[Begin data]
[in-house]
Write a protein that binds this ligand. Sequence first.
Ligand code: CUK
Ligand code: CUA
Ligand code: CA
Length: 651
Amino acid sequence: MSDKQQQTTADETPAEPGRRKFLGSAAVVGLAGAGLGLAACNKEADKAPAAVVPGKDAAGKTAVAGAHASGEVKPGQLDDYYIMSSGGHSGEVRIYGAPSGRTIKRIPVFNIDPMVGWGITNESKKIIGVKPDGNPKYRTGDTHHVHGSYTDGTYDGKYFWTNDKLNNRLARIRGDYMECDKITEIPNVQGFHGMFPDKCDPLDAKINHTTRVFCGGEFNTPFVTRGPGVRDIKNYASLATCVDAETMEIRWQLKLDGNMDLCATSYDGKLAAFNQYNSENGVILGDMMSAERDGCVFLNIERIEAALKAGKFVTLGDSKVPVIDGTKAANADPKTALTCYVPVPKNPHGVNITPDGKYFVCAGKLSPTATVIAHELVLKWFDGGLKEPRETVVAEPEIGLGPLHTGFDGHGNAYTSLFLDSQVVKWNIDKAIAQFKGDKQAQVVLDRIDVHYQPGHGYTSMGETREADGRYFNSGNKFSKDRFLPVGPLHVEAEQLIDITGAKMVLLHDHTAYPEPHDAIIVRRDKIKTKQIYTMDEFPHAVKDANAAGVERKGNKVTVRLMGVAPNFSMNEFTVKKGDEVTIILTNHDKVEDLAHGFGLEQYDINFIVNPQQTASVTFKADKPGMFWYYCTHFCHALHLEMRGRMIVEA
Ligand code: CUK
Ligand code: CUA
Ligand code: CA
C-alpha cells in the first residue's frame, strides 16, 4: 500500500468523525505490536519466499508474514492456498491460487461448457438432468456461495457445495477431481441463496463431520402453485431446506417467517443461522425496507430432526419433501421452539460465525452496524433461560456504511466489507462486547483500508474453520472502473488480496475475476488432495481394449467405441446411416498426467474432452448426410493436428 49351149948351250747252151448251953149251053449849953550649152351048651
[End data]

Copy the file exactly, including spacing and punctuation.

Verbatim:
[in-house]
Write a protein that binds this ligand. Sequence first.
Ligand code: CUK
Ligand code: CUA
Ligand code: CA
Length: 651
Amino acid sequence: MSDKQQQTTADETPAEPGRRKFLGSAAVVGLAGAGLGLAACNKEADKAPAAVVPGKDAAGKTAVAGAHASGEVKPGQLDDYYIMSSGGHSGEVRIYGAPSGRTIKRIPVFNIDPMVGWGITNESKKIIGVKPDGNPKYRTGDTHHVHGSYTDGTYDGKYFWTNDKLNNRLARIRGDYMECDKITEIPNVQGFHGMFPDKCDPLDAKINHTTRVFCGGEFNTPFVTRGPGVRDIKNYASLATCVDAETMEIRWQLKLDGNMDLCATSYDGKLAAFNQYNSENGVILGDMMSAERDGCVFLNIERIEAALKAGKFVTLGDSKVPVIDGTKAANADPKTALTCYVPVPKNPHGVNITPDGKYFVCAGKLSPTATVIAHELVLKWFDGGLKEPRETVVAEPEIGLGPLHTGFDGHGNAYTSLFLDSQVVKWNIDKAIAQFKGDKQAQVVLDRIDVHYQPGHGYTSMGETREADGRYFNSGNKFSKDRFLPVGPLHVEAEQLIDITGAKMVLLHDHTAYPEPHDAIIVRRDKIKTKQIYTMDEFPHAVKDANAAGVERKGNKVTVRLMGVAPNFSMNEFTVKKGDEVTIILTNHDKVEDLAHGFGLEQYDINFIVNPQQTASVTFKADKPGMFWYYCTHFCHALHLEMRGRMIVEA
Ligand code: CUK
Ligand code: CUA
Ligand code: CA
C-alpha cells in the first residue's frame, strides 16, 4: 500500500468523525505490536519466499508474514492456498491460487461448457438432468456461495457445495477431481441463496463431520402453485431446506417467517443461522425496507430432526419433501421452539460465525452496524433461560456504511466489507462486547483500508474453520472502473488480496475475476488432495481394449467405441446411416498426467474432452448426410493436428 49351149948351250747252151448251953149251053449849953550649152351048651